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Getto v. Silpe

Decided: October 17, 1950.


William A. Smith, J.s.c.


The defendant moves for summary judgment based upon the pleadings, the pretrial order, affidavits submitted by the defendant attached to the notice of motion and an affidavit submitted by the plaintiff. The action is brought to recover damages by a claimed overcharge for rent under the Emergency Price Control Act as amended by the Federal Housing and Rent Act of 1947, more particularly section 205.

The complaint in this case was filed on September 20, 1949. The plaintiff tenant entered into a lease with the defendant for an apartment in premises known as 10 Custer Place,

Newark, belonging to the defendant. The lease was for a term of two years commencing February 1, 1947, therefore expiring February 1, 1949. A new lease was entered into between the parties under date of September 20, 1948, for a term of 28 months commencing on October 1, 1948, and expiring on January 31, 1951. The new lease provided for four months from February 1, 1949, at the rental of the original lease and the balance at a 10% increase to $52.25 which, as not disputed, is a lawful increase.

At the time of the execution of the new lease the plaintiff gave to the defendant a general release. The charge the plaintiff claims as an overcharge is the exaction of a bonus of a fur coat valued at $1,100 on the making of the original lease, and of course for the purposes of this motion this claim must be considered as true, although the defendant denies any such bonus having been exacted or received.

The plaintiff having failed to bring any suit for more than a year is barred from recovery under the Federal Housing and Rent Act. The plaintiff however contends that a complaint was made to the Housing Expediter and pursuant to that claim the Housing Expediter initiated proceedings to recover for the overpayment in the name of the United States for the benefit of the plaintiff. The proof by way of the pretrial order provides that the parties admit that a release, which was a general release in form, was given by the defendant to the plaintiff in September, 1948. The plaintiff's claim is that:

"* * * the execution of the release by the tenant plaintiff claims constituted a release of the proceedings before the Housing Expediter for restitution and thereby the plaintiff was deprived of $1,100 which it is claimed was the value of the fur coat, and that the release formed part of the consideration for the new lease.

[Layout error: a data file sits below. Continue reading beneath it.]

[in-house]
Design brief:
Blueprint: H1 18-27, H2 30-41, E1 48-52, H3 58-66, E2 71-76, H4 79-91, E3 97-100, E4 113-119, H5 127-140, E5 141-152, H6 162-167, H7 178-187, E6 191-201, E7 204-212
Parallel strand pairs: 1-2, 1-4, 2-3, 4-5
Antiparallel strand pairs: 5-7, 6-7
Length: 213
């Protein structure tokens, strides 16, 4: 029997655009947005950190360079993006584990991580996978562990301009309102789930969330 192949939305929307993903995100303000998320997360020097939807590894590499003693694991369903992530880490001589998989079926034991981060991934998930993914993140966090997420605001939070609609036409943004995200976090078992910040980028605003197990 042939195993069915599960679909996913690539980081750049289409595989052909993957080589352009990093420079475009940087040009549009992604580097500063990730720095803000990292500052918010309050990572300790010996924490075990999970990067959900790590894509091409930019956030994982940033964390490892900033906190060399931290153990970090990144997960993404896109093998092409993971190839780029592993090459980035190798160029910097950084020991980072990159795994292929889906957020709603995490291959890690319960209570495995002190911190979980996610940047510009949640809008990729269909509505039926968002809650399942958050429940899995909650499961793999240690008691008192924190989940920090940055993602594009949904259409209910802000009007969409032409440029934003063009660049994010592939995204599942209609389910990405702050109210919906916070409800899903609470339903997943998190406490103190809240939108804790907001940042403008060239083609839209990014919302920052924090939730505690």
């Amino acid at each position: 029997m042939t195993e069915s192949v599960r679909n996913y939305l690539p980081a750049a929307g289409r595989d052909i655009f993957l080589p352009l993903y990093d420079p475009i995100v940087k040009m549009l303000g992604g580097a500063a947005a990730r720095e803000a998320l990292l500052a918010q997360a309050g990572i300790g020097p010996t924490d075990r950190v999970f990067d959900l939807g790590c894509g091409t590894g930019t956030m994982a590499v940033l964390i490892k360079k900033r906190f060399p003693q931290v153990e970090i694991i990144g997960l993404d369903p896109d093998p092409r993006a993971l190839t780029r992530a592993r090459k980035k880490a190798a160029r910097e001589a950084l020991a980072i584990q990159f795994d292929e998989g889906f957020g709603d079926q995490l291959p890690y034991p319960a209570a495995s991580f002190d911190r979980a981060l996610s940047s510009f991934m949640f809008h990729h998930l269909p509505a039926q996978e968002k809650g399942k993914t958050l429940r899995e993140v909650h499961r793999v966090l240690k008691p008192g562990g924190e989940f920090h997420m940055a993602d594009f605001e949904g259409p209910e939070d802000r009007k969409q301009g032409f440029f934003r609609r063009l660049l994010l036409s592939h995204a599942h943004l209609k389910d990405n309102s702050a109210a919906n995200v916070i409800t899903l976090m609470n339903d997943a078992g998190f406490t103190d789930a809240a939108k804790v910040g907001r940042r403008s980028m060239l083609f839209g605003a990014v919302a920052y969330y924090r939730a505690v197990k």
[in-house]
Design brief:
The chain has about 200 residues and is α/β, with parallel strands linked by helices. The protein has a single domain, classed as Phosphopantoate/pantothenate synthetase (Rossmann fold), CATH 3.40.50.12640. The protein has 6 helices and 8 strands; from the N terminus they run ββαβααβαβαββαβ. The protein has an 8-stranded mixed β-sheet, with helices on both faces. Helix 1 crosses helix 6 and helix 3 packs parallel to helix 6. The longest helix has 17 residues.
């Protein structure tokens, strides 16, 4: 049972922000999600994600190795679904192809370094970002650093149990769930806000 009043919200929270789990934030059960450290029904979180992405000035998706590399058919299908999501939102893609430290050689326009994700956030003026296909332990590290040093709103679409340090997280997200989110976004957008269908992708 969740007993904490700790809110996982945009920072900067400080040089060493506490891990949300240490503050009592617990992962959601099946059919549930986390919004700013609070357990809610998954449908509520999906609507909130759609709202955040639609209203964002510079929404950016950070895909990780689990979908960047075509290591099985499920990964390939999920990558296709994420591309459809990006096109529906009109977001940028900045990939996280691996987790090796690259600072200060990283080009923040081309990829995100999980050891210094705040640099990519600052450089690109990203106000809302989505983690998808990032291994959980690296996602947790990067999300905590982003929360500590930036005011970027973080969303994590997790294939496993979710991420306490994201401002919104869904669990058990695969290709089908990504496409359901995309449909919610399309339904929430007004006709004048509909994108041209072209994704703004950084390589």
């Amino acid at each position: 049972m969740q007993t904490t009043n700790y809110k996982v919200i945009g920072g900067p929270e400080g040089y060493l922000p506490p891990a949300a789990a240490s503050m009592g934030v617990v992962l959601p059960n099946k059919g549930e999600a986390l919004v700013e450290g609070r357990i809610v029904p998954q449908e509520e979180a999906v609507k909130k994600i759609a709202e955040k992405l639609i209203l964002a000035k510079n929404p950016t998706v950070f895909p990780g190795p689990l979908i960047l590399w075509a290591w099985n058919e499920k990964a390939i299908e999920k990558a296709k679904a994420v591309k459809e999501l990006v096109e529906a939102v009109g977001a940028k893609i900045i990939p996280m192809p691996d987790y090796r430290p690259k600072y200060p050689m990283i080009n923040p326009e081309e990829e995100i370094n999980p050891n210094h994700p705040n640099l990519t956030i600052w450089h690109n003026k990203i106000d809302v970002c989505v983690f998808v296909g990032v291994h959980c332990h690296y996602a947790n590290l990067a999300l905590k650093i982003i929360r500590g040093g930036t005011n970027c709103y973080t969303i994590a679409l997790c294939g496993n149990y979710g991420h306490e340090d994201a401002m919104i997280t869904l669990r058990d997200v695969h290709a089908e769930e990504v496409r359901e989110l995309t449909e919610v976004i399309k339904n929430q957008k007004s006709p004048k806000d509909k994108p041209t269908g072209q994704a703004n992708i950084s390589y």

"The plaintiff now sues to recover the value of the right of the Housing Expediter to recover compensation for the bonus given to the defendant in the shape of a fur coat, on the ground that the release was a consideration of the discharge of this right and was a bonus payment under the new lease."

The action brought by the United States I assume must have been under the provision of section 205 of the Federal

Housing and Rent Act, 50 App. U.S.C.A. 925, which provides that the Administrator, if the tenant (called the "buyer" in the Act) does not institute an action "within thirty days from the date of the occurrence of the violation or is not entitled for any reason to bring the action, may institute such action on behalf of the United States within such one-year period," and that if the Administrator institute the suit the tenant shall thereafter be barred from bringing any action. It will be noted that the action by the United States is not for the benefit of the tenant. It was conceded in the motion that the release was filed by the defendant with the Housing Expediter and that proceedings to collect for any bonus were dropped by the Housing Expediter.

Under these circumstances the tenant would have no right to release the United States' cause of action and therefore the execution and delivery of the release by the plaintiff to the defendant cannot be considered as a bonus for the execution of the second lease. It might be that the filing of the release with the Housing Expediter influenced the discontinuance of the United States' action, but the benefit that the defendant may have received is not a consideration which may be figured in dollars and cents so as to become a bonus and overcharge for rent. It is therefore my conclusion that the plaintiff cannot claim as an alleged overpayment of a bonus for obtaining the execution of the original lease of February 1, 1947, a release executed by him to the defendant upon the execution of the new lease, as the plaintiff had no right of action against the ...

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